Let’s Talk About Dummies
For some children, dummies are a big source of comfort. Therefore, our advice is around how best to use dummies:
“If I cry its my way of telling you something, try to find out what it is. I might not need my dummy”.
Before you put the dummy in your baby’s mouth try to find out if there’s any other problem.
They may just be bored and need a cuddle; try an interesting toy or book.
“Without my dummy I can practise moving my tongue around for talking and my teeth will have room to grow”.
It is important that babies and children have time to practise moving their tongue; making sounds, babbling etc without obstruction in their mouth. A dummy can make it difficult for your child to practise the sounds needed for speech. It can push the tongue backwards making it difficult for the tip of the tongue to move around the front of the mouth. This is needed for the sounds ‘t, d, l, s, p, b’ which are made at the front of the mouth.
Try to have clear routines around the use of dummies eg at sleep times only. The dummy could be left in the cot or bed or in a small tub in the room. Your child will learn that the dummy is only for sleep time.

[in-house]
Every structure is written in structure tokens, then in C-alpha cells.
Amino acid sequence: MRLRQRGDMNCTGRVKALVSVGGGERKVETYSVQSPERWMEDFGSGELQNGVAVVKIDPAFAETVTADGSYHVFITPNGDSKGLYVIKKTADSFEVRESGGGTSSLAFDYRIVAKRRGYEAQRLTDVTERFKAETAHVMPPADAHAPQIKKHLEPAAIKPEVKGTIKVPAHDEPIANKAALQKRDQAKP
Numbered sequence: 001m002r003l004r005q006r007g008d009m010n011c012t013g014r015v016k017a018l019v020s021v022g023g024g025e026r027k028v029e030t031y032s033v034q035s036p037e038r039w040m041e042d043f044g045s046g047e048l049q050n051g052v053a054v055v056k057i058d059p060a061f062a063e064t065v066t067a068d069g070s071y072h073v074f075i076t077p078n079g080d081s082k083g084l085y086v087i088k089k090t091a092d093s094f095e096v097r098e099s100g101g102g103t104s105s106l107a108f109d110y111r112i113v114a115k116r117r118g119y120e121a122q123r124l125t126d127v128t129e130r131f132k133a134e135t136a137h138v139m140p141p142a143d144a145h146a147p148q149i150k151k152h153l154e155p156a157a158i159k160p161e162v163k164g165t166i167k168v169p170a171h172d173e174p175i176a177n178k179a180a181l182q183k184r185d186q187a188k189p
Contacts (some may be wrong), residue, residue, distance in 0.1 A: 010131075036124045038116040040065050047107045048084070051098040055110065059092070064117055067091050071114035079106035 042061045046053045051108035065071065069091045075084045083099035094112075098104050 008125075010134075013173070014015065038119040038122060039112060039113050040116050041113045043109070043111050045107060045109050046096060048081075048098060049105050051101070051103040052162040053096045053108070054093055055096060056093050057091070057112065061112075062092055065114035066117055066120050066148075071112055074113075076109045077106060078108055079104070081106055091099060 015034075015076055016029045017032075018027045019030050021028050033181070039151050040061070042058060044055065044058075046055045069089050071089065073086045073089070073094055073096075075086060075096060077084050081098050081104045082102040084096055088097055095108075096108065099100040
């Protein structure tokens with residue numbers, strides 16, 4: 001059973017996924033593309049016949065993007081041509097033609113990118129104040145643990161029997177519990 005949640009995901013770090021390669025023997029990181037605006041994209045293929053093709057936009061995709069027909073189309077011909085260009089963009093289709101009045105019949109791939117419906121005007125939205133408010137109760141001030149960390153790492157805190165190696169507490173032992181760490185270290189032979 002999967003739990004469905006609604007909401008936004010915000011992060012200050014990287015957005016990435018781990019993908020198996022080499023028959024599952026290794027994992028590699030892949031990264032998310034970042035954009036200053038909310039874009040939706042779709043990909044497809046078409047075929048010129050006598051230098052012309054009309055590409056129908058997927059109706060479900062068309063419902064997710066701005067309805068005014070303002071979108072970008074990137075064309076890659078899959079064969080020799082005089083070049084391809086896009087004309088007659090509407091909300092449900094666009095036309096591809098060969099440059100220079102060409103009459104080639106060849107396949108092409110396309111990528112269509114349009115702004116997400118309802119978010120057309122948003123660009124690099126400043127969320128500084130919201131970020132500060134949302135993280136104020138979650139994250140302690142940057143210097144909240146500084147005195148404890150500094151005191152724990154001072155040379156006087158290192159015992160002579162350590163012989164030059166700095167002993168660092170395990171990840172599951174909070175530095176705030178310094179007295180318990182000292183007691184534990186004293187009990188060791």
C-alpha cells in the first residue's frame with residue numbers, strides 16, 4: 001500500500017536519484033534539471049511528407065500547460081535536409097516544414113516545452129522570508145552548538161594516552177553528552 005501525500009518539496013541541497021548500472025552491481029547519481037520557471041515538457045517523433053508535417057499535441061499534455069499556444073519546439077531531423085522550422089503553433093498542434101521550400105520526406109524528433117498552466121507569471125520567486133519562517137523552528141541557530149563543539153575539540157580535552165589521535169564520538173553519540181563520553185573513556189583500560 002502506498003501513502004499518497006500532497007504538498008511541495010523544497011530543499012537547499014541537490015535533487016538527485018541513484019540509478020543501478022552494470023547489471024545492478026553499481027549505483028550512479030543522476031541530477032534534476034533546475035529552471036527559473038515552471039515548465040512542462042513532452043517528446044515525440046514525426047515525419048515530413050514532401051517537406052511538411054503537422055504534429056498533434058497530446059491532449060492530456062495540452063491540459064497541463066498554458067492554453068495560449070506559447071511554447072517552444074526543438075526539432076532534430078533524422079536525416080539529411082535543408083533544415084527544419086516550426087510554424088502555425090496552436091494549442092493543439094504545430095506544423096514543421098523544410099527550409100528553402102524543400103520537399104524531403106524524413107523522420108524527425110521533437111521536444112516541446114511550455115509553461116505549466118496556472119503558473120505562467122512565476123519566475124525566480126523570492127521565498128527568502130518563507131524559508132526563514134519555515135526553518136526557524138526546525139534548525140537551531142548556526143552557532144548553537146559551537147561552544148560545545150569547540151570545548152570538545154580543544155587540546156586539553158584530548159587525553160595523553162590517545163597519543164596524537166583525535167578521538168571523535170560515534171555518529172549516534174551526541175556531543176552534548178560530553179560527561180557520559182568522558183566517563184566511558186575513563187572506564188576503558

When we are unwell, we all need a little extra love and TLC. Your child may need their dummy as comfort if they are ill. This is fine; however, once they are feeling better try to get back to your routines.
“When I have my dummy out, I will be able to chat with you more”.
Try to allow your baby to babble, gurgle and ‘talk’ to you. Only use their dummy if they are tired or upset. Remember, before a child can use words they need to go through the stages of babbling, shrieking, blowing raspberries and playing with sounds (they love it if you copy). These are all important for the development of speech and conversation. Leaving the dummy out means there are more opportunities to exercise the mouth and tongue ready for speech sounds to develop.
Having a dummy in the mouth for long periods of time can also affect how the teeth grow. Teeth need room to grow down; if there is an obstruction in the mouth for long periods teeth may grow around the obstruction, and children develop a distinctive oval shaped gap between their top and bottom teeth at the front.